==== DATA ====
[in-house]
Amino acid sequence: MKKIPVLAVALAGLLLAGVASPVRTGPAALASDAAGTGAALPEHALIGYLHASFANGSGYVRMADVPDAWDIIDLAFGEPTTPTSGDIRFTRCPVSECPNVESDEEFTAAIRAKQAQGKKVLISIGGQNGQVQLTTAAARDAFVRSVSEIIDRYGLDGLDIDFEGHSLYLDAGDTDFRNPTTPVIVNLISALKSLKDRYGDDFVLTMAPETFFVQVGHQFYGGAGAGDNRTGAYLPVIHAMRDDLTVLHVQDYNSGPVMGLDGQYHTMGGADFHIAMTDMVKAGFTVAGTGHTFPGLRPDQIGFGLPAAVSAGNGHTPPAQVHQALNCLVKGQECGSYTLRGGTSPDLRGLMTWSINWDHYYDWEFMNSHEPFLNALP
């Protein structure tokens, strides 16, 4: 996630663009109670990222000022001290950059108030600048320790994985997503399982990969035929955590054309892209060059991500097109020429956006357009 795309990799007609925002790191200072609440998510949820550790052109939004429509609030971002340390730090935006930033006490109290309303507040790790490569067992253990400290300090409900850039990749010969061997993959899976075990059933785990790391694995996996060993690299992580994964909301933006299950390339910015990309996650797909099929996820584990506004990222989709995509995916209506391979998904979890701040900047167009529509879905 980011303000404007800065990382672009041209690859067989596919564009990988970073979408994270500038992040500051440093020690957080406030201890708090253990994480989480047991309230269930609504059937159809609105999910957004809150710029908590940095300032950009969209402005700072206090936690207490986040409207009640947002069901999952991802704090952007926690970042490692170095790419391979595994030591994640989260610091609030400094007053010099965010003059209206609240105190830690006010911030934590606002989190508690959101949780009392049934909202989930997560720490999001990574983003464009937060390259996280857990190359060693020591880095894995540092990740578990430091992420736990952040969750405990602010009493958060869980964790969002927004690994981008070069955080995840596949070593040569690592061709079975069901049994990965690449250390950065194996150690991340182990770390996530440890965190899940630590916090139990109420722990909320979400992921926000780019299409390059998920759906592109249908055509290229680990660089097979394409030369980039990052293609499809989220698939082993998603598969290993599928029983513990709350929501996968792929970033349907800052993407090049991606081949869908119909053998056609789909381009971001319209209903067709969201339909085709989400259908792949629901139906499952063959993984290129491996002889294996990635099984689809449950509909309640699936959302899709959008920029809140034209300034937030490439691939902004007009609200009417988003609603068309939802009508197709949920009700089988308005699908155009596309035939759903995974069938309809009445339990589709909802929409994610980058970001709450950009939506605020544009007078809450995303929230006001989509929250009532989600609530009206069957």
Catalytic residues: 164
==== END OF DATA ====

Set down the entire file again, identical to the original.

[in-house]
Amino acid sequence: MKKIPVLAVALAGLLLAGVASPVRTGPAALASDAAGTGAALPEHALIGYLHASFANGSGYVRMADVPDAWDIIDLAFGEPTTPTSGDIRFTRCPVSECPNVESDEEFTAAIRAKQAQGKKVLISIGGQNGQVQLTTAAARDAFVRSVSEIIDRYGLDGLDIDFEGHSLYLDAGDTDFRNPTTPVIVNLISALKSLKDRYGDDFVLTMAPETFFVQVGHQFYGGAGAGDNRTGAYLPVIHAMRDDLTVLHVQDYNSGPVMGLDGQYHTMGGADFHIAMTDMVKAGFTVAGTGHTFPGLRPDQIGFGLPAAVSAGNGHTPPAQVHQALNCLVKGQECGSYTLRGGTSPDLRGLMTWSINWDHYYDWEFMNSHEPFLNALP
């Protein structure tokens, strides 16, 4: 996630663009109670990222000022001290950059108030600048320790994985997503399982990969035929955590054309892209060059991500097109020429956006357009 795309990799007609925002790191200072609440998510949820550790052109939004429509609030971002340390730090935006930033006490109290309303507040790790490569067992253990400290300090409900850039990749010969061997993959899976075990059933785990790391694995996996060993690299992580994964909301933006299950390339910015990309996650797909099929996820584990506004990222989709995509995916209506391979998904979890701040900047167009529509879905 980011303000404007800065990382672009041209690859067989596919564009990988970073979408994270500038992040500051440093020690957080406030201890708090253990994480989480047991309230269930609504059937159809609105999910957004809150710029908590940095300032950009969209402005700072206090936690207490986040409207009640947002069901999952991802704090952007926690970042490692170095790419391979595994030591994640989260610091609030400094007053010099965010003059209206609240105190830690006010911030934590606002989190508690959101949780009392049934909202989930997560720490999001990574983003464009937060390259996280857990190359060693020591880095894995540092990740578990430091992420736990952040969750405990602010009493958060869980964790969002927004690994981008070069955080995840596949070593040569690592061709079975069901049994990965690449250390950065194996150690991340182990770390996530440890965190899940630590916090139990109420722990909320979400992921926000780019299409390059998920759906592109249908055509290229680990660089097979394409030369980039990052293609499809989220698939082993998603598969290993599928029983513990709350929501996968792929970033349907800052993407090049991606081949869908119909053998056609789909381009971001319209209903067709969201339909085709989400259908792949629901139906499952063959993984290129491996002889294996990635099984689809449950509909309640699936959302899709959008920029809140034209300034937030490439691939902004007009609200009417988003609603068309939802009508197709949920009700089988308005699908155009596309035939759903995974069938309809009445339990589709909802929409994610980058970001709450950009939506605020544009007078809450995303929230006001989509929250009532989600609530009206069957």
Catalytic residues: 164